I can also make oxygenated water in one of these bottles. Tawk about live bait with an attitude!
Reply to
Don Foreman
How about that! Here's how I did it:
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Mine depends on having the cores in because I leave the cap on the bottle so I can re-pressurize it to maintain the fizz in a mostly-consumed bottle of tonic.
Reply to
Don Foreman
I did something similar, but infinitely simpler. I went to the auto parts store and bought a set of 4 bolt-on tire valves, then drilled a hole in a standard 2-liter bottle cap and screwed on the tire valve tightly. It is very well made of stainless steel and its Schrader valve works perfectly. This only takes a few minutes and five bucks. I use a tire chuck on a hose to a regulator on a 20# CO2 bottle, and I charge cold water to near saturation point in about a minute, shaking constantly.
Grant
D> Just silver-braze a Schraeder valve into an empty sparklet, bulb,
Reply to
Grant Erwin
My old brass fittings sure look grungy compared to the nice stainless ones. I actually enjoy making things on a lathe so I still would make a robust cap that's easy to grab and definitely won't stretch and blow off under pressure. Now taught, I'd make a stainless disc and use the stainless Schraeder valve. I'll look for those stainless valves and make new guts for my bottlecaps if I find them.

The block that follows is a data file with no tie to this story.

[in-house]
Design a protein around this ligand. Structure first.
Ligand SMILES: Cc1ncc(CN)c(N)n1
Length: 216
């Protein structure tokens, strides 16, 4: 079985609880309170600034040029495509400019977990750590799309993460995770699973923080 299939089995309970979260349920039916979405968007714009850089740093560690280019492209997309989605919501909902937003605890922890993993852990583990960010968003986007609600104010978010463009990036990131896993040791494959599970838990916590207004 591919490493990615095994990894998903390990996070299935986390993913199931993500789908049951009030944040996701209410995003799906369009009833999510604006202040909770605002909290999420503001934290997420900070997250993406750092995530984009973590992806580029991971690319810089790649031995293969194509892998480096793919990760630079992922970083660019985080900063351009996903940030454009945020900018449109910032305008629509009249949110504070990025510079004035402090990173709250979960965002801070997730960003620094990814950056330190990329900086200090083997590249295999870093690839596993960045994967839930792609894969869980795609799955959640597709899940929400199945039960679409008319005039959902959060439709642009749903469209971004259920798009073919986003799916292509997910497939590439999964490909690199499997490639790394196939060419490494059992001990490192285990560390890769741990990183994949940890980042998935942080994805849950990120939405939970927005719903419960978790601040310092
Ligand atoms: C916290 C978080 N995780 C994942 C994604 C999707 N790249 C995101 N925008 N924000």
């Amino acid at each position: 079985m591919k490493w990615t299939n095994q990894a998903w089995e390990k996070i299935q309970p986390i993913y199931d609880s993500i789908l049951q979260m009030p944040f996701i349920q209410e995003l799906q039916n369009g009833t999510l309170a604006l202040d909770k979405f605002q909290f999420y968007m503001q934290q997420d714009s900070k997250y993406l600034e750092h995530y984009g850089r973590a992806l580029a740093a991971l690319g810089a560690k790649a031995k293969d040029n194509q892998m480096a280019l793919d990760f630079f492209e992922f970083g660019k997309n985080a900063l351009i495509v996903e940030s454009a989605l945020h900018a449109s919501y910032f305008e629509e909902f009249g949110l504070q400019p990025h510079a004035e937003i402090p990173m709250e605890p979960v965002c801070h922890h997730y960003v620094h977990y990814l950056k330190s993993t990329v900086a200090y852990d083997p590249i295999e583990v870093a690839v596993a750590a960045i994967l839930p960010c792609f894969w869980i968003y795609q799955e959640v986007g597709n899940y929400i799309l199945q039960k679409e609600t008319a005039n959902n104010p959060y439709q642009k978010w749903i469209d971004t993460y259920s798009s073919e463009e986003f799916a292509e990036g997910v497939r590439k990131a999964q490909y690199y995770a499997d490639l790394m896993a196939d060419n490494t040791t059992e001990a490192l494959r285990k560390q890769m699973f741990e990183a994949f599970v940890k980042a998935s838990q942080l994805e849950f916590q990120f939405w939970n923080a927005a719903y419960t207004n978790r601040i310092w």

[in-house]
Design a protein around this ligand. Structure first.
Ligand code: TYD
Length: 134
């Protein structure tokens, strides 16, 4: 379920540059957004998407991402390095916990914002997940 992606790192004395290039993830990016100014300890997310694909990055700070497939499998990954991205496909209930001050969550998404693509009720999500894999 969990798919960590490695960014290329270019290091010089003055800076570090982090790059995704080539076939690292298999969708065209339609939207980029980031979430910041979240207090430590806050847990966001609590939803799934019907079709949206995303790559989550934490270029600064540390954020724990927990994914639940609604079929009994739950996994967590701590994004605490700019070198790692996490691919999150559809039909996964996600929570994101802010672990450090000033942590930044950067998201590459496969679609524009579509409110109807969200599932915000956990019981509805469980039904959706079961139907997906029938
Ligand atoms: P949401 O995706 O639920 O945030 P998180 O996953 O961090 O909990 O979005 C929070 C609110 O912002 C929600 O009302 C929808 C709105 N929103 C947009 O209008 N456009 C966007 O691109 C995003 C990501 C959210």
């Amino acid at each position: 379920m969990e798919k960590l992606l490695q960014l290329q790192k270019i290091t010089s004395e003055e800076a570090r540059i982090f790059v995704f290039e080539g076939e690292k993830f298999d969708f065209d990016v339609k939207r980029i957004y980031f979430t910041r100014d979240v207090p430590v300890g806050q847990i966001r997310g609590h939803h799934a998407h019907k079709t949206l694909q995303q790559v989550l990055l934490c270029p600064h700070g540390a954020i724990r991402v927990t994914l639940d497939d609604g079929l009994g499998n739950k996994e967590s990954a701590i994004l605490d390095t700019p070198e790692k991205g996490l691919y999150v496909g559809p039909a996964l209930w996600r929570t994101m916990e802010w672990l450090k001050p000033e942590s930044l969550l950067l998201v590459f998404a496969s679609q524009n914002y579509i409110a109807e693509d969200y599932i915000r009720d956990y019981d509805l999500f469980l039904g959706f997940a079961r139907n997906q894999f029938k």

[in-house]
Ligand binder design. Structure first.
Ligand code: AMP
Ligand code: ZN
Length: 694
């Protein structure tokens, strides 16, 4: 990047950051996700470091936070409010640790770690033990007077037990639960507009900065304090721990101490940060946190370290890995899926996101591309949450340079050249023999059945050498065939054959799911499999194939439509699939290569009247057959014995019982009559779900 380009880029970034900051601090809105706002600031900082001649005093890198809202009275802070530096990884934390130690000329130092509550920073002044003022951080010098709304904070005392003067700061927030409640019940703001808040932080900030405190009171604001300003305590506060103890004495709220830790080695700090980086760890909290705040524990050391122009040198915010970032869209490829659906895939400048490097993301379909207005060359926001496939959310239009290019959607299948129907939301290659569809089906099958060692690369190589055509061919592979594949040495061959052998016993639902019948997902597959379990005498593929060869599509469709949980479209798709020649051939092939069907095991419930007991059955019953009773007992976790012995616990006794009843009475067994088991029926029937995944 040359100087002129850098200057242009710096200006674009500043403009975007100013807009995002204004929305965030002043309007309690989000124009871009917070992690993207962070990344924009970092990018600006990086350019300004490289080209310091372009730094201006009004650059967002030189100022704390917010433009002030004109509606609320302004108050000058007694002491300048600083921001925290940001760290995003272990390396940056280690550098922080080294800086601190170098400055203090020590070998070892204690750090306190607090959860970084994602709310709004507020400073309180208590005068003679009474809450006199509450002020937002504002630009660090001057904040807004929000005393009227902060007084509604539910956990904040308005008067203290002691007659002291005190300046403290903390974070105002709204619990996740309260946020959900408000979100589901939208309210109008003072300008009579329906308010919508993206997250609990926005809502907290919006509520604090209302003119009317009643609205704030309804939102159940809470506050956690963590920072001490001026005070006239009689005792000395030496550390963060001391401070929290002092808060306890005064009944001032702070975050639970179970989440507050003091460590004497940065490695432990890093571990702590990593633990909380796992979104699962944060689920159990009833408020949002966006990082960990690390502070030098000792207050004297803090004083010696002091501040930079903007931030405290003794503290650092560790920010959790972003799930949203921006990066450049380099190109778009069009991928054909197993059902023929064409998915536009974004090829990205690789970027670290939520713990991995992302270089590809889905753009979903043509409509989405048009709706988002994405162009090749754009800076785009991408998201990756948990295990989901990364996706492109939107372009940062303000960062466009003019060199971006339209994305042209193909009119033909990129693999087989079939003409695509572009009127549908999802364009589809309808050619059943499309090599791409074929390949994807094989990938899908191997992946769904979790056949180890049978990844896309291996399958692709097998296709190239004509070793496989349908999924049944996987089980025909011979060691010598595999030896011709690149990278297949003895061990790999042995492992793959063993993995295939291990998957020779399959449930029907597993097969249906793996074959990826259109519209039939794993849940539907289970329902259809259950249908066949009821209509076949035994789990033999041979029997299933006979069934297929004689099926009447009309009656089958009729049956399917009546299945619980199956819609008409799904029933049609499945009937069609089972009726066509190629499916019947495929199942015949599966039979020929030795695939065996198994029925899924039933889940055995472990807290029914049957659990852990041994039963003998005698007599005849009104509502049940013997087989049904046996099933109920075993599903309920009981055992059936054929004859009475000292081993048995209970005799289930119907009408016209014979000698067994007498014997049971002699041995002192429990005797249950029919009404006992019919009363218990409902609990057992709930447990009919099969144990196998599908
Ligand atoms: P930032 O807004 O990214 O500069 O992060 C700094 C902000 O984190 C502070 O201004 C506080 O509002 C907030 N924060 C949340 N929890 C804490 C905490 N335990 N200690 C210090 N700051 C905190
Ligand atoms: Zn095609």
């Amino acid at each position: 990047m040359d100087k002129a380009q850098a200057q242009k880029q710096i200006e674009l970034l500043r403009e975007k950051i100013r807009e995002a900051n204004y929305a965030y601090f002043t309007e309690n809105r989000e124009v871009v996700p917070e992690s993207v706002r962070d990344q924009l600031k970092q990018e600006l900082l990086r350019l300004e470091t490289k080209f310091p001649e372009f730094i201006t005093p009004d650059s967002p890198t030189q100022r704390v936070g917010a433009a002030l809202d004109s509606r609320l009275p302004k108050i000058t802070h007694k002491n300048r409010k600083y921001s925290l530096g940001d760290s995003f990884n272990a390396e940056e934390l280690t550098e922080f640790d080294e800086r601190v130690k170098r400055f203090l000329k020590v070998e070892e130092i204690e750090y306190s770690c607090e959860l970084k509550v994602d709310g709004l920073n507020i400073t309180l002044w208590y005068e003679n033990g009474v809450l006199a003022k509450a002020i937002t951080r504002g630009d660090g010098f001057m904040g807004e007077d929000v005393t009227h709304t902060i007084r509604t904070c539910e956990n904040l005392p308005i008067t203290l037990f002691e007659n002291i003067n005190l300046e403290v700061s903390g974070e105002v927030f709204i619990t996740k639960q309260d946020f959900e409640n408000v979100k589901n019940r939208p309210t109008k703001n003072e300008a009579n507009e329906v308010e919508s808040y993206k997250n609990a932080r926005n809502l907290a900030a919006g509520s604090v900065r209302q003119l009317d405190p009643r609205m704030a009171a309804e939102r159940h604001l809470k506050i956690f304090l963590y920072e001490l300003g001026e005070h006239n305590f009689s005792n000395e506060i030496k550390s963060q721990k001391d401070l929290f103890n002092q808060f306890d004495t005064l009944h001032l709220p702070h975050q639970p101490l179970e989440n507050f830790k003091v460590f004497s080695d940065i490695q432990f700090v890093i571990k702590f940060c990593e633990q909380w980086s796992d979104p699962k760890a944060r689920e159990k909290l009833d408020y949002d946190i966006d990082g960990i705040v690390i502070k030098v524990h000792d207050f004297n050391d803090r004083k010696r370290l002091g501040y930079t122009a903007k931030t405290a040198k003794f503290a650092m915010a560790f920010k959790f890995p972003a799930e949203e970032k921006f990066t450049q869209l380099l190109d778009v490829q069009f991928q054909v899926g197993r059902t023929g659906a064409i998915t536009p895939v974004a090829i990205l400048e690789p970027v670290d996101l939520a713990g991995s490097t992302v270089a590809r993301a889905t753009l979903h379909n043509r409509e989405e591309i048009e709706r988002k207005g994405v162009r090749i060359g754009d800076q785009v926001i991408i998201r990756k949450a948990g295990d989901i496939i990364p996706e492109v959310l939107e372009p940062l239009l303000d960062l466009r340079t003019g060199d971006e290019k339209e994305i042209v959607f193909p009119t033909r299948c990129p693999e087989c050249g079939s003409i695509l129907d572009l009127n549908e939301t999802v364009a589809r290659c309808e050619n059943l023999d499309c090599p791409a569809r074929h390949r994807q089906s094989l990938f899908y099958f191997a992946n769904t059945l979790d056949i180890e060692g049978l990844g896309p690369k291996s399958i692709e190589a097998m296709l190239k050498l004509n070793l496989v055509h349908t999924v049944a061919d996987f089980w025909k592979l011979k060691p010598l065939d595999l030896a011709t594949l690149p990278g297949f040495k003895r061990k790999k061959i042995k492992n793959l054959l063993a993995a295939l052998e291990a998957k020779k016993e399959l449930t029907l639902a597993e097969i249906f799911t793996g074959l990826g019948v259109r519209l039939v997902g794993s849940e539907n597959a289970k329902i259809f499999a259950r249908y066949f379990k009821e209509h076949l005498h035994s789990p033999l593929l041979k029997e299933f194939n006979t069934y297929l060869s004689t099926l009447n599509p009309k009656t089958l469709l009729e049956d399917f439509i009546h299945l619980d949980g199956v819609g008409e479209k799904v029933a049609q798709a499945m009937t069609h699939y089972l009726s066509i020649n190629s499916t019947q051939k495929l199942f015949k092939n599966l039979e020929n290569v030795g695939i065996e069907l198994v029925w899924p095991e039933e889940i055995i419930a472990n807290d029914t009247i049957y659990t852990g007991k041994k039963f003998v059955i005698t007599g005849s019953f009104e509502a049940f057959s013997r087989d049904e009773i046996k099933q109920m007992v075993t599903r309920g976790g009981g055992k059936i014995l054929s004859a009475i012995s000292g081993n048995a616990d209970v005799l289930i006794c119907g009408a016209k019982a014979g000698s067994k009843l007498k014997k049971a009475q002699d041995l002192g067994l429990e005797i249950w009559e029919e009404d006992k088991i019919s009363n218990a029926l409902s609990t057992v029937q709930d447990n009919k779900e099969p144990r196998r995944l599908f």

Glenn may want to retain the squirt-on-demand feature that a seltzer bottle offers. I bet he has enough info now to make something that'll charge his bottle from a larger CO2 tank.
Reply to
Don Foreman
Ordinary blended Scotch 'n soda is not the same drink as 20-year-old singlemalt taken neat, but no less enjoyable if that's what one might fancy at a given moment. It's an American drink that can taste real good.
Asking for a wee dram of a good singlemalt over ice in Edinburgh or Glasgow would have earned a scowl not ten years ago, still does in neighbourhood pubs. I agree with you that a good singlemalt over ice is also a very enjoyable drink. Most of the best aged singlemalts are not exported but there are a few to be found here.